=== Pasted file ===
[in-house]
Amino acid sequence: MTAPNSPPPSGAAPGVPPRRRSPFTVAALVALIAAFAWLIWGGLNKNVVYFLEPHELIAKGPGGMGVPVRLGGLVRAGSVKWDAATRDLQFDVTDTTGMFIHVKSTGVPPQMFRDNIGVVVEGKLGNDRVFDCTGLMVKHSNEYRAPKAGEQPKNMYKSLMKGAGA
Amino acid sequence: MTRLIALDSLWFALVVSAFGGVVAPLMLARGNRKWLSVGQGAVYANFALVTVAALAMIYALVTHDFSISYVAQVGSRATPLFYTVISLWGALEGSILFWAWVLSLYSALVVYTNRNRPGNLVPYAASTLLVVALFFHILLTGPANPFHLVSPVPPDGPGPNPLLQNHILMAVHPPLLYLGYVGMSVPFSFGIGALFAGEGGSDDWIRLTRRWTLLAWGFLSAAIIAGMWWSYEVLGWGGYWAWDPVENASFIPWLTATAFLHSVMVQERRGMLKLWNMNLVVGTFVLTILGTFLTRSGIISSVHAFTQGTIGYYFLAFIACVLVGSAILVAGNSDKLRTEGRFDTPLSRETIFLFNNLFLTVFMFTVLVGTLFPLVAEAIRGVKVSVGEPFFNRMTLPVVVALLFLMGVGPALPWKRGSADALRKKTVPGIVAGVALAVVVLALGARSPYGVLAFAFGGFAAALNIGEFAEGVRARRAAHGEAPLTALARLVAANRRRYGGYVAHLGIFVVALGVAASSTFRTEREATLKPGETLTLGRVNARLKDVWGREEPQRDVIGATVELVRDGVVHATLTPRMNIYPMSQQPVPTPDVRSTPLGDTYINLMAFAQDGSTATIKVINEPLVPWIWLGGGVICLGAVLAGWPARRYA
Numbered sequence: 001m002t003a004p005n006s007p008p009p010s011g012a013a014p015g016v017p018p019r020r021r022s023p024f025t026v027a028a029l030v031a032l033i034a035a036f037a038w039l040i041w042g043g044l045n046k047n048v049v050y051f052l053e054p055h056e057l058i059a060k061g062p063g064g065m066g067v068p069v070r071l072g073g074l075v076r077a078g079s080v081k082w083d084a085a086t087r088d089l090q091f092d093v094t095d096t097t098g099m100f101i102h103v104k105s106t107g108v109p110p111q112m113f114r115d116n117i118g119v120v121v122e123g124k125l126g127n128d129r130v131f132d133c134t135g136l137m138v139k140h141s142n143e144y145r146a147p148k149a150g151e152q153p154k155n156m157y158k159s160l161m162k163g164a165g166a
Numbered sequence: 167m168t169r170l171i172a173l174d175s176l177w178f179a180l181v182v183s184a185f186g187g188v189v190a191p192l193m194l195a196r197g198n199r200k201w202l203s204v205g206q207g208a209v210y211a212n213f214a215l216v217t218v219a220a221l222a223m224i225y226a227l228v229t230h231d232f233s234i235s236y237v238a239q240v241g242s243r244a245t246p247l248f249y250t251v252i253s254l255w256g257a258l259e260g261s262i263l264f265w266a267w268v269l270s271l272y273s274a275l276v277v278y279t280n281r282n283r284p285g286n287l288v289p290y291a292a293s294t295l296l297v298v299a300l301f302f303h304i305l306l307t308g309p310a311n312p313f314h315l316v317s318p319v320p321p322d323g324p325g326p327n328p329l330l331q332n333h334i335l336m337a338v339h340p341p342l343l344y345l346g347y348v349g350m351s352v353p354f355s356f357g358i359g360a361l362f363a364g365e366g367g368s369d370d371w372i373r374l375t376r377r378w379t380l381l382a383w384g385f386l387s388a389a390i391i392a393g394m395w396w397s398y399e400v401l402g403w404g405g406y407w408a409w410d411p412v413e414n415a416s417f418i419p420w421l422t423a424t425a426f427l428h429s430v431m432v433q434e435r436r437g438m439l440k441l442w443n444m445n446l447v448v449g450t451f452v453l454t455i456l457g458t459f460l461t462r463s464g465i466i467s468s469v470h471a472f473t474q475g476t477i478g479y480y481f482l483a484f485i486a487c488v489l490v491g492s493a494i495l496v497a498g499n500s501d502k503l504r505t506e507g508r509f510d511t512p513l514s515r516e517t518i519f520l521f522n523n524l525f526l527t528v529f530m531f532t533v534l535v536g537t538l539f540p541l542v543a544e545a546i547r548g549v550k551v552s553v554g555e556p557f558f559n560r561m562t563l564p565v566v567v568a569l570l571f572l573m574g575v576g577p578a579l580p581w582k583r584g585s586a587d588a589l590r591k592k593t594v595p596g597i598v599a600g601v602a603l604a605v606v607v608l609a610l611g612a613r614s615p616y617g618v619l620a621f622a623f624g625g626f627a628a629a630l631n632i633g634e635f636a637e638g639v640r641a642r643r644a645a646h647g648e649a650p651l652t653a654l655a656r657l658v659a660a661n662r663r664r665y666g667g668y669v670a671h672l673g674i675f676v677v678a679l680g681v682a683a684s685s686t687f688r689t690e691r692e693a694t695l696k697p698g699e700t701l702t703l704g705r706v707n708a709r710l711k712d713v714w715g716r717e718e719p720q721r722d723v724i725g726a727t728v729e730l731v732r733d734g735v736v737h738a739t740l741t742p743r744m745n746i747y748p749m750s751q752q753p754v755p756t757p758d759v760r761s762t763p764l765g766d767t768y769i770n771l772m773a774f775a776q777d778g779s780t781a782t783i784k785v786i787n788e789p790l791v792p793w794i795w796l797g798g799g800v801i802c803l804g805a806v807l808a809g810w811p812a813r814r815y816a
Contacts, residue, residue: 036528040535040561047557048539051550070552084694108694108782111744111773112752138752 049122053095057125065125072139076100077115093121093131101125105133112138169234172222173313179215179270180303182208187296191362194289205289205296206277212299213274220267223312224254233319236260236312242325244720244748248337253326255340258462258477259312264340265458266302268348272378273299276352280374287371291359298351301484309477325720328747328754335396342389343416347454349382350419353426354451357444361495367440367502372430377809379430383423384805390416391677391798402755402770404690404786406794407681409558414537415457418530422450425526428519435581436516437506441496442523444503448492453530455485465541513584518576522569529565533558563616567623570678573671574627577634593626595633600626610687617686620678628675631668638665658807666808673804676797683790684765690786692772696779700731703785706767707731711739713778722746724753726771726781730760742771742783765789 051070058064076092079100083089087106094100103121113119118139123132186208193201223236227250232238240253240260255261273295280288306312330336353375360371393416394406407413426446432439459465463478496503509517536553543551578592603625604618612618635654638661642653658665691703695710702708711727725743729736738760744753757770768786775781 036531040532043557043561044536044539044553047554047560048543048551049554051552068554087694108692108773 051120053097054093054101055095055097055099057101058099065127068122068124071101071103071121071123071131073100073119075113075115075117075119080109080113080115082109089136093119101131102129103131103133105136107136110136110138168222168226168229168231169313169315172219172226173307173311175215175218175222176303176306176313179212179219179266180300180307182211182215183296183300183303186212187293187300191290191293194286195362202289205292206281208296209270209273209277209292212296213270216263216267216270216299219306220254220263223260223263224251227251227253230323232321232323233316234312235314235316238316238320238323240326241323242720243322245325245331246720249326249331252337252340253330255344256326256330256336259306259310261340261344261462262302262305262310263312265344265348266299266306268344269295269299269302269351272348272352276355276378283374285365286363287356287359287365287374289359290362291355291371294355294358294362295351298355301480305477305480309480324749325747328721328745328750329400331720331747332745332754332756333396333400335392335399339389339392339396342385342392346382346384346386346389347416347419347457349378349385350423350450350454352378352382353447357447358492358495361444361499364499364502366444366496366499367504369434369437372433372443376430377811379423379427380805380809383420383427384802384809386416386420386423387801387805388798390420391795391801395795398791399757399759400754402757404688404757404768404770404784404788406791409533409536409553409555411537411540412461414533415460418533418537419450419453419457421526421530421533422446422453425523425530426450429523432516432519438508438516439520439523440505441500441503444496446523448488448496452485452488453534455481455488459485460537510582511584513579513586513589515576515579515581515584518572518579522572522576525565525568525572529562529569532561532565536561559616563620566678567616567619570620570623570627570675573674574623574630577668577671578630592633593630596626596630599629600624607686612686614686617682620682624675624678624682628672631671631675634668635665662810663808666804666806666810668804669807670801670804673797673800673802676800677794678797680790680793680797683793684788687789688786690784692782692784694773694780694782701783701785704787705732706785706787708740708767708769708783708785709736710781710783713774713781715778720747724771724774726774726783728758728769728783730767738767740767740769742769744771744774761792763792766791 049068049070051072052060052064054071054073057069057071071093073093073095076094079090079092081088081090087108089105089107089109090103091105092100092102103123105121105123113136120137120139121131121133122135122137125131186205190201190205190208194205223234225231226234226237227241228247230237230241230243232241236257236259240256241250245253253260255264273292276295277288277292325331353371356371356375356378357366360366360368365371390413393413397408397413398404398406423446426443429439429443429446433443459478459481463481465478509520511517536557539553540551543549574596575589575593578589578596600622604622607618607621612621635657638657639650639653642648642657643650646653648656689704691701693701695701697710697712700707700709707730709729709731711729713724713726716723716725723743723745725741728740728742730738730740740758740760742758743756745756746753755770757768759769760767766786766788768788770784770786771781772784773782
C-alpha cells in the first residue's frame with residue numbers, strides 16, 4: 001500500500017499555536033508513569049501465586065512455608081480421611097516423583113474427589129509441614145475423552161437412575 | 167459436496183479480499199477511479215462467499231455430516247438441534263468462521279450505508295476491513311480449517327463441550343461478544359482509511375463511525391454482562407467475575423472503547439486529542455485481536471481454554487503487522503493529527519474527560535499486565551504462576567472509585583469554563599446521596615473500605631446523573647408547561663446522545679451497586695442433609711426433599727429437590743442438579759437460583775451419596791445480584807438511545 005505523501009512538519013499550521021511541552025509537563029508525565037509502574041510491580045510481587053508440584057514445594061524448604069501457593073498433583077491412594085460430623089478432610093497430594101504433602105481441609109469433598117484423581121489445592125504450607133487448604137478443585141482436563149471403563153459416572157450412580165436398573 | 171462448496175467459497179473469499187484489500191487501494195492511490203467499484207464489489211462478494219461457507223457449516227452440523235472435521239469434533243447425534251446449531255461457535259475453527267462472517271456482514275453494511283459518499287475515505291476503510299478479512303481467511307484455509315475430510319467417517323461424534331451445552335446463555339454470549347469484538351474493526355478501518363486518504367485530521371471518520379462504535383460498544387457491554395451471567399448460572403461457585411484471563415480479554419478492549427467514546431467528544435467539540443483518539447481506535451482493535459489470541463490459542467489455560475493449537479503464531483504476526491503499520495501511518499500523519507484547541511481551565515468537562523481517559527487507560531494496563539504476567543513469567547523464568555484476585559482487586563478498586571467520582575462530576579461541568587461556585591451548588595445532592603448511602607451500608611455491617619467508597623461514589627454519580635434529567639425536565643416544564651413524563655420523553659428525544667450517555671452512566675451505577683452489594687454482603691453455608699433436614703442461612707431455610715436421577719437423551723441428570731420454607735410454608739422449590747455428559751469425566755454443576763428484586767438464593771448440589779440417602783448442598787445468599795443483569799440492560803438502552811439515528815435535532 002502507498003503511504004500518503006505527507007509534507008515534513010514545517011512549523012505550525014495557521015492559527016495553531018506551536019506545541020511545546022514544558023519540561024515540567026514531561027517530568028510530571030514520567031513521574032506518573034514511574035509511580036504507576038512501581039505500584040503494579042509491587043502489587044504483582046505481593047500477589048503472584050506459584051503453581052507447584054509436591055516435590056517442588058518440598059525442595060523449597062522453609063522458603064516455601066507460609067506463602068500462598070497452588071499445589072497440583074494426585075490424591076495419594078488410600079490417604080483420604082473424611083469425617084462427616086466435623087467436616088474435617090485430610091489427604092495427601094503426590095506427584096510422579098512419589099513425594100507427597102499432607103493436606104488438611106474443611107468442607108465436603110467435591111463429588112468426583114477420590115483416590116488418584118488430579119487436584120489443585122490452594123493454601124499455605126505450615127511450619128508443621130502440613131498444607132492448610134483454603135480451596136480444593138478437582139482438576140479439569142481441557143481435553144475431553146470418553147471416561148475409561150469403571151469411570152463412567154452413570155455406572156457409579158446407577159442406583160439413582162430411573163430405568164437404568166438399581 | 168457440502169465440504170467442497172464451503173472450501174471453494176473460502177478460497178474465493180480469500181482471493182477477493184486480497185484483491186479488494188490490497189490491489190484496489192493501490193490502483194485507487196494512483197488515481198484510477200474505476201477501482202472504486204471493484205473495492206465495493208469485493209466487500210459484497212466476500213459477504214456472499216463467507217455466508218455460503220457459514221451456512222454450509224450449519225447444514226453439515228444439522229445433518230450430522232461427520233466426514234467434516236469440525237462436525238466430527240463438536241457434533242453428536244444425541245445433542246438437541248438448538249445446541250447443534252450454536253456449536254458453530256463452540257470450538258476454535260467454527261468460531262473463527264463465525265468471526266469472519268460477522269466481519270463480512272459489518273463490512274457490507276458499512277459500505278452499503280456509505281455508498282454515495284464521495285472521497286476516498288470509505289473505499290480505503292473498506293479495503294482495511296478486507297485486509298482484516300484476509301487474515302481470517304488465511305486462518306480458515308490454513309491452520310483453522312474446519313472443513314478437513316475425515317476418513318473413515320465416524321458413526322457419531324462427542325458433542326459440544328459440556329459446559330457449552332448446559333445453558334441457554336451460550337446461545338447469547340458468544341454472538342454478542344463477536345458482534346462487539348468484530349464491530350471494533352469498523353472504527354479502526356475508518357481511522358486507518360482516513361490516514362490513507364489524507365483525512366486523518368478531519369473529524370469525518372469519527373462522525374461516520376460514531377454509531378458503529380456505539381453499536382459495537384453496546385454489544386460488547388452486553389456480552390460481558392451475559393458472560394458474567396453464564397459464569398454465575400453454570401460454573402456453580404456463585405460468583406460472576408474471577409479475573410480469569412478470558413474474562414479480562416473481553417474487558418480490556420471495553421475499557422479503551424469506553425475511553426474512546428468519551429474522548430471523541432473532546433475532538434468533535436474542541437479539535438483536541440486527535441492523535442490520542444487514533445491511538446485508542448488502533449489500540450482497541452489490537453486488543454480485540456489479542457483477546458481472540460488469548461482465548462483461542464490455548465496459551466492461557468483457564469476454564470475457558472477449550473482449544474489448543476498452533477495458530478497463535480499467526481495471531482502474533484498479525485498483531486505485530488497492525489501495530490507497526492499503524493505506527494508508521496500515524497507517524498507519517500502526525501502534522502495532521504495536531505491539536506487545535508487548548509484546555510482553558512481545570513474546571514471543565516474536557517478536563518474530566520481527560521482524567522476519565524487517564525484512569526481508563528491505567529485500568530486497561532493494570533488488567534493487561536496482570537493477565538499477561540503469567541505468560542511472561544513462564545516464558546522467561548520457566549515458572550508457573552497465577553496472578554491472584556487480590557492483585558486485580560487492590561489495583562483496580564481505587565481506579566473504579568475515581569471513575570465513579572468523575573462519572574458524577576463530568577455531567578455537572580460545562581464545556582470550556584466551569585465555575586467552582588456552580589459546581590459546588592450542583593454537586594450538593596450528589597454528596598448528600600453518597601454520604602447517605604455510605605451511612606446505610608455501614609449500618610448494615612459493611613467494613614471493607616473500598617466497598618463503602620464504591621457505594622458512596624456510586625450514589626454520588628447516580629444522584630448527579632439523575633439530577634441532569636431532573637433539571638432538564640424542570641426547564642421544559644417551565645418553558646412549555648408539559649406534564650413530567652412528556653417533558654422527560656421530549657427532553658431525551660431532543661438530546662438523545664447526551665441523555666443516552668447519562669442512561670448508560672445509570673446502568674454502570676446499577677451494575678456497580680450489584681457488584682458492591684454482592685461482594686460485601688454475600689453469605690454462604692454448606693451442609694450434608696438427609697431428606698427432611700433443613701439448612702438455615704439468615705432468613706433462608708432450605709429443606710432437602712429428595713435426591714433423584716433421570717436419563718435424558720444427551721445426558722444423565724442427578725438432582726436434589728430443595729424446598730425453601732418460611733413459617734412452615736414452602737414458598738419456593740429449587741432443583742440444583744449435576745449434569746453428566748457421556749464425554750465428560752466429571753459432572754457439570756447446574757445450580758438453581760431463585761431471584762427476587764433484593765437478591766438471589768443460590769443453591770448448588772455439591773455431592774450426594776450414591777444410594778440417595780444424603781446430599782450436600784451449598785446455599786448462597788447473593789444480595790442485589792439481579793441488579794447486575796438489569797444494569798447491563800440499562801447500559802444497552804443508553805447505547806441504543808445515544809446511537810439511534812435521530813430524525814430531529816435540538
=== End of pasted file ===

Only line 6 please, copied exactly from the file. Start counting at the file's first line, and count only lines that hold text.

Contacts, residue, residue: 036528040535040561047557048539051550070552084694108694108782111744111773112752138752 049122053095057125065125072139076100077115093121093131101125105133112138169234172222173313179215179270180303182208187296191362194289205289205296206277212299213274220267223312224254233319236260236312242325244720244748248337253326255340258462258477259312264340265458266302268348272378273299276352280374287371291359298351301484309477325720328747328754335396342389343416347454349382350419353426354451357444361495367440367502372430377809379430383423384805390416391677391798402755402770404690404786406794407681409558414537415457418530422450425526428519435581436516437506441496442523444503448492453530455485465541513584518576522569529565533558563616567623570678573671574627577634593626595633600626610687617686620678628675631668638665658807666808673804676797683790684765690786692772696779700731703785706767707731711739713778722746724753726771726781730760742771742783765789 051070058064076092079100083089087106094100103121113119118139123132186208193201223236227250232238240253240260255261273295280288306312330336353375360371393416394406407413426446432439459465463478496503509517536553543551578592603625604618612618635654638661642653658665691703695710702708711727725743729736738760744753757770768786775781 036531040532043557043561044536044539044553047554047560048543048551049554051552068554087694108692108773 051120053097054093054101055095055097055099057101058099065127068122068124071101071103071121071123071131073100073119075113075115075117075119080109080113080115082109089136093119101131102129103131103133105136107136110136110138168222168226168229168231169313169315172219172226173307173311175215175218175222176303176306176313179212179219179266180300180307182211182215183296183300183303186212187293187300191290191293194286195362202289205292206281208296209270209273209277209292212296213270216263216267216270216299219306220254220263223260223263224251227251227253230323232321232323233316234312235314235316238316238320238323240326241323242720243322245325245331246720249326249331252337252340253330255344256326256330256336259306259310261340261344261462262302262305262310263312265344265348266299266306268344269295269299269302269351272348272352276355276378283374285365286363287356287359287365287374289359290362291355291371294355294358294362295351298355301480305477305480309480324749325747328721328745328750329400331720331747332745332754332756333396333400335392335399339389339392339396342385342392346382346384346386346389347416347419347457349378349385350423350450350454352378352382353447357447358492358495361444361499364499364502366444366496366499367504369434369437372433372443376430377811379423379427380805380809383420383427384802384809386416386420386423387801387805388798390420391795391801395795398791399757399759400754402757404688404757404768404770404784404788406791409533409536409553409555411537411540412461414533415460418533418537419450419453419457421526421530421533422446422453425523425530426450429523432516432519438508438516439520439523440505441500441503444496446523448488448496452485452488453534455481455488459485460537510582511584513579513586513589515576515579515581515584518572518579522572522576525565525568525572529562529569532561532565536561559616563620566678567616567619570620570623570627570675573674574623574630577668577671578630592633593630596626596630599629600624607686612686614686617682620682624675624678624682628672631671631675634668635665662810663808666804666806666810668804669807670801670804673797673800673802676800677794678797680790680793680797683793684788687789688786690784692782692784694773694780694782701783701785704787705732706785706787708740708767708769708783708785709736710781710783713774713781715778720747724771724774726774726783728758728769728783730767738767740767740769742769744771744774761792763792766791 049068049070051072052060052064054071054073057069057071071093073093073095076094079090079092081088081090087108089105089107089109090103091105092100092102103123105121105123113136120137120139121131121133122135122137125131186205190201190205190208194205223234225231226234226237227241228247230237230241230243232241236257236259240256241250245253253260255264273292276295277288277292325331353371356371356375356378357366360366360368365371390413393413397408397413398404398406423446426443429439429443429446433443459478459481463481465478509520511517536557539553540551543549574596575589575593578589578596600622604622607618607621612621635657638657639650639653642648642657643650646653648656689704691701693701695701697710697712700707700709707730709729709731711729713724713726716723716725723743723745725741728740728742730738730740740758740760742758743756745756746753755770757768759769760767766786766788768788770784770786771781772784773782